If the Mars bar wasn’t the first bar I went to in New York, it was close. It was the fall of 1989. I had a friend who lived down 3rd street, a few doors away from the Hell’s Angels clubhouse and a few blocks away from the desolation zone that, a few years earlier, had been the fabled early 80’s Alphabet City (documented in Lech Kowalski’s ‘Story of a Junkie‘), and he took me round.
I’d just come off a couple of years squatting in London, and a couple years before that hanging around the hardcore scene in Montreal and Vancouver, and the Mars was very familiar. The walls were covered in graffiti and shock art, a Rolling Rock and a healthy shot of JD cost about two bucks, the jukebox was stocked with all the British punk/ hardcore and New York noise bands I liked. Best of all, it had the rollicking open-ness of the East Village bars of the late 80’s. You’d sit at the bar, have a drink, and talk to just about anyone – musicians, art school chicks, junkies, dealers, some old lady from up the street who’d lived in the neighborhood her whole life – even out and out hicks rolling into town for the night. People’s open-ness came from confidence, and a desire to make contact. The brick windows allowed for a good view of the circus outside. After London’s self-concious cliquiness, and Canada’s faux British snobbery and insecurity, the Mars and all NY bars like it were indeed a liberation.
After the first couple of years in New York, I didn’t go down so much. I quit drinking for awhile, which probably had something to do with it – the Mars wasn’t the kind of bar you’d hang around without a drink. But year after year, it remained, even after the area cleaned up, even after the condos moved in, like a pool that remains after the tide’s gone out. I went down once in awhile, but figured it would disappear or be taken over by kids like all the other grungy bars I used to go to in the day.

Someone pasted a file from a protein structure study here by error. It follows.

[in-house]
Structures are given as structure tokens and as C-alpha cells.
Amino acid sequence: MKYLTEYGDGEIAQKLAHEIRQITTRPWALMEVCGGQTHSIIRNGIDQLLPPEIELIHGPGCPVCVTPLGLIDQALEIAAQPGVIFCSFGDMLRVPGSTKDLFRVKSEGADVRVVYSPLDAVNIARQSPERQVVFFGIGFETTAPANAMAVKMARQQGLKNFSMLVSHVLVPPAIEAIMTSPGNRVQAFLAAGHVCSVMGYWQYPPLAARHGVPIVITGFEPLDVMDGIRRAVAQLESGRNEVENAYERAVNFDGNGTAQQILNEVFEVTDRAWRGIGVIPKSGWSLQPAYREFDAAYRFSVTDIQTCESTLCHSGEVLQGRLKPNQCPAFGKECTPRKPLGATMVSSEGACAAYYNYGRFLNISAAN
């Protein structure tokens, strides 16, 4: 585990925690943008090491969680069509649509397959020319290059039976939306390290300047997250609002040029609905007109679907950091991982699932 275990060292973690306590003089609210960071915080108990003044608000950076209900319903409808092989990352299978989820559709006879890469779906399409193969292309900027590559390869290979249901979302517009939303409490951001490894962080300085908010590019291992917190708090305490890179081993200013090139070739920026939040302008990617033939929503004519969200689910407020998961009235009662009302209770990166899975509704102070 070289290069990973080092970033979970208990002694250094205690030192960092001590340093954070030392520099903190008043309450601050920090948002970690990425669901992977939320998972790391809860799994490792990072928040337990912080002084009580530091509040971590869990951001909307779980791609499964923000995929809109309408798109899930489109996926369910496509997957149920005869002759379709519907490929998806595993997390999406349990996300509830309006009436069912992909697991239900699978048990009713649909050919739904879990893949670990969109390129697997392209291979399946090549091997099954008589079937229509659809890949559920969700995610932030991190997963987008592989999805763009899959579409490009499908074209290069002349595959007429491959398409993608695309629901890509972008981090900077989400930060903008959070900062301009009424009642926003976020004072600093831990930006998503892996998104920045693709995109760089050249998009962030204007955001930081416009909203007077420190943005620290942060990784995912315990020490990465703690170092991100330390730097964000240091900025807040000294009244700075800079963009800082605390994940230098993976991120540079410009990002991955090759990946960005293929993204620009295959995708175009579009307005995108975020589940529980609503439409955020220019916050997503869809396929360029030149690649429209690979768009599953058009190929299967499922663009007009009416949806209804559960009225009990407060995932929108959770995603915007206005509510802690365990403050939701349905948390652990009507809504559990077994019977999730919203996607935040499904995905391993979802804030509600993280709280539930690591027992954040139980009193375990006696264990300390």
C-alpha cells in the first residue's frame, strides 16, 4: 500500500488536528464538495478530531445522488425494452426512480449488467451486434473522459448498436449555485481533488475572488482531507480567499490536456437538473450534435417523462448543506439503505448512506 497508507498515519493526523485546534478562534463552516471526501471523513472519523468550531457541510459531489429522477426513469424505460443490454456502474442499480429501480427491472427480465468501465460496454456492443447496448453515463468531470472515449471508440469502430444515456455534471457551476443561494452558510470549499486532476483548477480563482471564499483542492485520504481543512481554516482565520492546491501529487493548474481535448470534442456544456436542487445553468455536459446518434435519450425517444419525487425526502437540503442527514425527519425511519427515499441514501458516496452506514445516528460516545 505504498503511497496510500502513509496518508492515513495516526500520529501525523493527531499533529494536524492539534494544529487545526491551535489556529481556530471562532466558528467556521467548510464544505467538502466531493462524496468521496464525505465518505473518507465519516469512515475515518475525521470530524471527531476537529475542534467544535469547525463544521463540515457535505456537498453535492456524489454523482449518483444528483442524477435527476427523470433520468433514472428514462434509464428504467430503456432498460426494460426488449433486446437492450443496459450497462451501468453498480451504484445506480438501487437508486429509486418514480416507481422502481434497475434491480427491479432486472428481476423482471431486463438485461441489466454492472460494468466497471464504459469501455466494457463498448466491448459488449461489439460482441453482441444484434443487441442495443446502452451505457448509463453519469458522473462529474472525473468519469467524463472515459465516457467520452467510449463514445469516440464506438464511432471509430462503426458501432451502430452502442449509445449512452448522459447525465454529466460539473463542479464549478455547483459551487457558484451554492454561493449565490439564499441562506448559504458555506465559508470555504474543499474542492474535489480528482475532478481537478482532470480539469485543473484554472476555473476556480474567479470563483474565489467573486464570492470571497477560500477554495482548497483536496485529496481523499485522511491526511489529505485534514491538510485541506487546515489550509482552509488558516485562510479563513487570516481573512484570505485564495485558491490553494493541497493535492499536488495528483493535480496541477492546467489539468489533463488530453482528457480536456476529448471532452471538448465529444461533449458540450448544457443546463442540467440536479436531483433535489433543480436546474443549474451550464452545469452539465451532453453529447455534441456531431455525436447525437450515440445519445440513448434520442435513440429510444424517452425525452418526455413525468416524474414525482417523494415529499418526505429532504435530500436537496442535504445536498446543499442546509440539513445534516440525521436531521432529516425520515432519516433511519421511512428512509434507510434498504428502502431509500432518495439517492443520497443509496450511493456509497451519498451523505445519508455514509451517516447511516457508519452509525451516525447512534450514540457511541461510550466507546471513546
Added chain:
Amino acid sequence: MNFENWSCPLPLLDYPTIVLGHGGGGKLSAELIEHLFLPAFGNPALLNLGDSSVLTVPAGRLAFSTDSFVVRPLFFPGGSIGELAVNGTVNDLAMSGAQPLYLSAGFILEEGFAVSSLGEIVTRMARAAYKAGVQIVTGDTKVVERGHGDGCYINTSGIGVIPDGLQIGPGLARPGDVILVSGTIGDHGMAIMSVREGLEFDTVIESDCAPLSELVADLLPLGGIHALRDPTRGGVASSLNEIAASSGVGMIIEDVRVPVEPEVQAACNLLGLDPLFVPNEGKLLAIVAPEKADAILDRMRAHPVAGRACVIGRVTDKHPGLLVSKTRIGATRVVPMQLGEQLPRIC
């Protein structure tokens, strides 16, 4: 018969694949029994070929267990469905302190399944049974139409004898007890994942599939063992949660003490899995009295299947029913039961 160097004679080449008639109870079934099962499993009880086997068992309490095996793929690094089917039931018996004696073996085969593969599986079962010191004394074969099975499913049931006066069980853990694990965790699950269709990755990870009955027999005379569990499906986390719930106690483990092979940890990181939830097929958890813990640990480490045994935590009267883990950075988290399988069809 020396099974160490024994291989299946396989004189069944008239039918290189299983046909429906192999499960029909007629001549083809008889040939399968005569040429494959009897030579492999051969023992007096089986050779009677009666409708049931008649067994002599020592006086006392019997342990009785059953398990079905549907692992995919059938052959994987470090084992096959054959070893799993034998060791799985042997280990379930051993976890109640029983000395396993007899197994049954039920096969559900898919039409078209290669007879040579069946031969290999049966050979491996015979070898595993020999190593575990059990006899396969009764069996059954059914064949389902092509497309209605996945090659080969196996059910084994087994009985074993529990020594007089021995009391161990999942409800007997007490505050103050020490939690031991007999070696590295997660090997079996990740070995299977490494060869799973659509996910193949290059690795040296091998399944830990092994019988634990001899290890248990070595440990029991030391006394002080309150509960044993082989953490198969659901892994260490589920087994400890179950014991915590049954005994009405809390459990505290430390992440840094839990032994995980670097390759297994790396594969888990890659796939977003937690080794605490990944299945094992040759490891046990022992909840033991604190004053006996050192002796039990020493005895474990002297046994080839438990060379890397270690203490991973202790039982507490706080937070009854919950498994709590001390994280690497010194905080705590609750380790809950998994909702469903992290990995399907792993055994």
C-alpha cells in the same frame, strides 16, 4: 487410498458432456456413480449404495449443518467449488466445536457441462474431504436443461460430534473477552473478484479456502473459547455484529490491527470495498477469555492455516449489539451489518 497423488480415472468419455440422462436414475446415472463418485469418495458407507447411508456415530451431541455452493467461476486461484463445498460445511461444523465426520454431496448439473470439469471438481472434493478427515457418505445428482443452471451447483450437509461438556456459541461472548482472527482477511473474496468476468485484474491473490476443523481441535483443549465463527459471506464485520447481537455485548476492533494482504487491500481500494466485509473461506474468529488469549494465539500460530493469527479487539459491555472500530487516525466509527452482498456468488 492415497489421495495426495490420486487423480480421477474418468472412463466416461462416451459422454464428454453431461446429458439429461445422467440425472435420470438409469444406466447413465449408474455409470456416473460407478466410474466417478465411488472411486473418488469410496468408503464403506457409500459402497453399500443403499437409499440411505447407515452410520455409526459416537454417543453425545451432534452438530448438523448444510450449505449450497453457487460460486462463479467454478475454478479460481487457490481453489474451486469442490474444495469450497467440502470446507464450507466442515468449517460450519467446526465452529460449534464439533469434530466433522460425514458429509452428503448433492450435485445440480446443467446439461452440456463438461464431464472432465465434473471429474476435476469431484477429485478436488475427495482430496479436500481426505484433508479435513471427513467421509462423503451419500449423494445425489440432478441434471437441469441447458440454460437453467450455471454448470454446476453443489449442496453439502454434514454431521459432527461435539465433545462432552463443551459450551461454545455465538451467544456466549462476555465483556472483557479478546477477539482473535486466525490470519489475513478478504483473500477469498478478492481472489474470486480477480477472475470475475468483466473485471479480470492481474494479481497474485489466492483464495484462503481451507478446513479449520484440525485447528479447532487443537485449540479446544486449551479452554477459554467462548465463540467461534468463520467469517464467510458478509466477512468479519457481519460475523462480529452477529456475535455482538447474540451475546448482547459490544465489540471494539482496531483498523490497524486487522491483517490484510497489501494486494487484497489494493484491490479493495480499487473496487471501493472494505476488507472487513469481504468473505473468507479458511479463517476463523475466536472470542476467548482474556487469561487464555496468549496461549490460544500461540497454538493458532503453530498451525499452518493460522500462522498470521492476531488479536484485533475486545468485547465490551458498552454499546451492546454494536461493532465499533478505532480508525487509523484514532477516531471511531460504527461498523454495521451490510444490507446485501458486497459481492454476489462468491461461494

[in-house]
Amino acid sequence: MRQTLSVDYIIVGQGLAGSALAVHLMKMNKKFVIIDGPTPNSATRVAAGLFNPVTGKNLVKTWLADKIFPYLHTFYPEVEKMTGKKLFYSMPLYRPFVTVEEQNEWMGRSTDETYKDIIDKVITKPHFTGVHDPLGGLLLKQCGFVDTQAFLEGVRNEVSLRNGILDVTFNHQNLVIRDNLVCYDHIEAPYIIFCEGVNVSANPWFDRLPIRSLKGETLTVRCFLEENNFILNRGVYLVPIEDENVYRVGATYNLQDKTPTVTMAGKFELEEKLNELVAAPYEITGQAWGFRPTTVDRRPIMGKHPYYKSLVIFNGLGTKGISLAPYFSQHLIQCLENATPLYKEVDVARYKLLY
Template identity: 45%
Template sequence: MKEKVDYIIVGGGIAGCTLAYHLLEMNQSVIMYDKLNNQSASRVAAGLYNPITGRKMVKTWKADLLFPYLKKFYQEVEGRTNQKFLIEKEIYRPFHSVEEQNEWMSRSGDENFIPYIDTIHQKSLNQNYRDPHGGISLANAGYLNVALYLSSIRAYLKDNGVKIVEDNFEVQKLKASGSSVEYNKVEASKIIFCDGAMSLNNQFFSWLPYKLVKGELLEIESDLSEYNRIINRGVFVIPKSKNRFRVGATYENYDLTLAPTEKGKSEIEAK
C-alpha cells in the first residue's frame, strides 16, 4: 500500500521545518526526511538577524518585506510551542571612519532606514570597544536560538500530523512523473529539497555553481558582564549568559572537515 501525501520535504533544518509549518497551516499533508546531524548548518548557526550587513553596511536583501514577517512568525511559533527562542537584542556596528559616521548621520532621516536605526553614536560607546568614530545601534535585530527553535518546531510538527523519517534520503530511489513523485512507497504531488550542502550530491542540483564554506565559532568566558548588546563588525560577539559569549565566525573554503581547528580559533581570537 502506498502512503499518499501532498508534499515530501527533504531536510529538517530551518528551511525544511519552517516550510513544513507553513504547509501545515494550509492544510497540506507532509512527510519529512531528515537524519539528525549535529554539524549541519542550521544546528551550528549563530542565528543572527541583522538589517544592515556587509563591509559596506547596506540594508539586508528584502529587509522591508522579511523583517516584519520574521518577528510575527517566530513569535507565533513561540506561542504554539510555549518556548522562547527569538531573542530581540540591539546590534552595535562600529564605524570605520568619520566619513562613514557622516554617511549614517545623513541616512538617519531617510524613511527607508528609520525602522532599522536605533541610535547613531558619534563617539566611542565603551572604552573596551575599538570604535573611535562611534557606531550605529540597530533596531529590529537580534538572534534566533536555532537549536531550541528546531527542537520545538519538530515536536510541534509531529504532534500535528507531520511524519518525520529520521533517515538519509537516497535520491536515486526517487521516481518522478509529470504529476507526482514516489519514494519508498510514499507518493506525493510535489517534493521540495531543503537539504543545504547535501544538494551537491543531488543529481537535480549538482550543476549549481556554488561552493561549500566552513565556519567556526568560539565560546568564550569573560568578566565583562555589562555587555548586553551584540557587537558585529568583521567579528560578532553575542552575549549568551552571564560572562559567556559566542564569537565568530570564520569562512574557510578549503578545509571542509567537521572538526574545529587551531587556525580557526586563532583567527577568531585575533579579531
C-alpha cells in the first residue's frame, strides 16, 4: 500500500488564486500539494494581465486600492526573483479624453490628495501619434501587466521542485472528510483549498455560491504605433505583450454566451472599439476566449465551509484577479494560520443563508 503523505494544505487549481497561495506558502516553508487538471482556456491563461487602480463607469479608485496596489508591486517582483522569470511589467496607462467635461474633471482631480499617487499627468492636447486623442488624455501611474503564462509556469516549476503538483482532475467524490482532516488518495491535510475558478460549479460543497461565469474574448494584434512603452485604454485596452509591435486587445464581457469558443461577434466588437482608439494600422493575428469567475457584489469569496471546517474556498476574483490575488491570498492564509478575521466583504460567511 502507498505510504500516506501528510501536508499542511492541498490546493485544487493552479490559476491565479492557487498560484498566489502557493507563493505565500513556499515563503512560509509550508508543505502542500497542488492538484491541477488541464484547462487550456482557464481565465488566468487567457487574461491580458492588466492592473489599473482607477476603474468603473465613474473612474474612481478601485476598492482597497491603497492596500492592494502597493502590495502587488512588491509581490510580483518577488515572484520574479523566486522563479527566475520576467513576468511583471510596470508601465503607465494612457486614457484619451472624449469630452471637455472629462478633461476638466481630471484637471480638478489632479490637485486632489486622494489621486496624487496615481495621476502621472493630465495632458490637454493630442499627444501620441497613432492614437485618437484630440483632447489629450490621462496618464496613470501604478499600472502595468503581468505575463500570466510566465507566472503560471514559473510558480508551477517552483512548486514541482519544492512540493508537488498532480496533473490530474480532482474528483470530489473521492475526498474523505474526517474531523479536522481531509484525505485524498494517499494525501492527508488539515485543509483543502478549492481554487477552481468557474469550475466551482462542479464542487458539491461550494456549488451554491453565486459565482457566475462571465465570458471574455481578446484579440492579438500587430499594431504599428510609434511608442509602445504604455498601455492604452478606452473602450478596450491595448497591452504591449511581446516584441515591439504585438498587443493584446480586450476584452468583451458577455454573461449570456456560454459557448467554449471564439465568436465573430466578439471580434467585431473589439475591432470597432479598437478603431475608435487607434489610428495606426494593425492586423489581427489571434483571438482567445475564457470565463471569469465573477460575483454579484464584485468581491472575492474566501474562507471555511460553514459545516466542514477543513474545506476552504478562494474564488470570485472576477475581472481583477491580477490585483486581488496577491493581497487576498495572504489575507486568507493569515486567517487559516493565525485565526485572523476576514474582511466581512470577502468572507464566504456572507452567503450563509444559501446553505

Little did I think it would not only survive, but become an icon, written about in the New York Times as ‘the grimy dive where tourists go in search of authentic punks and authentic punks start drinking at mid-day.”
I went back a couple of weeks ago, inspired partly by a post in Jeremiah’s Vanishing New York, and my recent desire to trace my own past in the Village. The bar was as filthy as ever, the walls covered in graffiti and the same shock art, but it felt comfortable, like a decrepit living room. Fruit flies hovered around the toilet in the closet-width bathroom. The walls were still covered in graffiti and shock art. Boxes of bottled beer were stacked behind the bar and there was still no draught. A sign over the bar read: ‘If you can read this, go the fuck home.’ The bartender, surprisingly, had not attitude – in fact she was almost excessively polite.
On first glance, the clientele was something like it would have been a decade or so ago, when I’d last been in. Some big guys with big beards and ponytails who looked like hipster farmers were punching music into the jukebox while the woman they were with kept falling off her bar stool. A black couple hovered around the bar, the woman alternately talking to her man and into her cellphone. Some huge Italian looking guy came in, flopped down on a padded office chair in the corner and said to everyone and no one in particular, “How ya doing? Haven’ a good day?” He seemed familiar with the bartender and a few old guys along the bar, like he was a regular – and when he didn’t order a drink I wondered if he owned the place.
A girl was sitting at the bar. Early 20’s, maybe European, maybe American – I couldn’t hear her accent. She had peroxide blonde hair, shiny black Doctor Marten’s, and hi-tech tattoos beneath her slick leather jacket and from the way she looked over the bar with an odd mixture of ownership and pride, I figured she must have worked pretty hard to reach her perch at this scarred and storied bar, dressed up in her new outfit . . .
I didn’t stay too long. It felt too self-conscious, too much like the past, a reminder of how little of the world I knew in my own early 20’s survives.
Then again, maybe the old place still has some life. Or something: A post from Slum Goddess